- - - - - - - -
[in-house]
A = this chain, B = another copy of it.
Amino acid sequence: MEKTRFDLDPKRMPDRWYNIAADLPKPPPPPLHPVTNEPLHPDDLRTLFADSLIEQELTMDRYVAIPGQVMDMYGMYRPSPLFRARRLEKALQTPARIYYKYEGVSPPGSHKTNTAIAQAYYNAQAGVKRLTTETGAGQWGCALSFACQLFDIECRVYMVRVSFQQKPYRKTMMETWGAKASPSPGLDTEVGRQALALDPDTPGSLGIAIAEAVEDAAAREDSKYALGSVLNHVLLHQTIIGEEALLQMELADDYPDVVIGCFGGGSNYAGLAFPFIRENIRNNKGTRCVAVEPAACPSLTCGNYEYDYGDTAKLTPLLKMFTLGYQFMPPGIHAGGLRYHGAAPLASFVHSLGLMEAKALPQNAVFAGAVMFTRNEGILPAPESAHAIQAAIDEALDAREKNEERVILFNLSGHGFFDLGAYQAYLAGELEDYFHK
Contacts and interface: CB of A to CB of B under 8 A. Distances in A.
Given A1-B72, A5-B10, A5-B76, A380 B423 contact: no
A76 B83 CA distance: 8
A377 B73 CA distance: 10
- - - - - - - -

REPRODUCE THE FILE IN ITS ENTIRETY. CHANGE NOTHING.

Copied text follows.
[in-house]
A = this chain, B = another copy of it.
Amino acid sequence: MEKTRFDLDPKRMPDRWYNIAADLPKPPPPPLHPVTNEPLHPDDLRTLFADSLIEQELTMDRYVAIPGQVMDMYGMYRPSPLFRARRLEKALQTPARIYYKYEGVSPPGSHKTNTAIAQAYYNAQAGVKRLTTETGAGQWGCALSFACQLFDIECRVYMVRVSFQQKPYRKTMMETWGAKASPSPGLDTEVGRQALALDPDTPGSLGIAIAEAVEDAAAREDSKYALGSVLNHVLLHQTIIGEEALLQMELADDYPDVVIGCFGGGSNYAGLAFPFIRENIRNNKGTRCVAVEPAACPSLTCGNYEYDYGDTAKLTPLLKMFTLGYQFMPPGIHAGGLRYHGAAPLASFVHSLGLMEAKALPQNAVFAGAVMFTRNEGILPAPESAHAIQAAIDEALDAREKNEERVILFNLSGHGFFDLGAYQAYLAGELEDYFHK
Contacts and interface: CB of A to CB of B under 8 A. Distances in A.
Given A1-B72, A5-B10, A5-B76, A380 B423 contact: no
A76 B83 CA distance: 8
A377 B73 CA distance: 10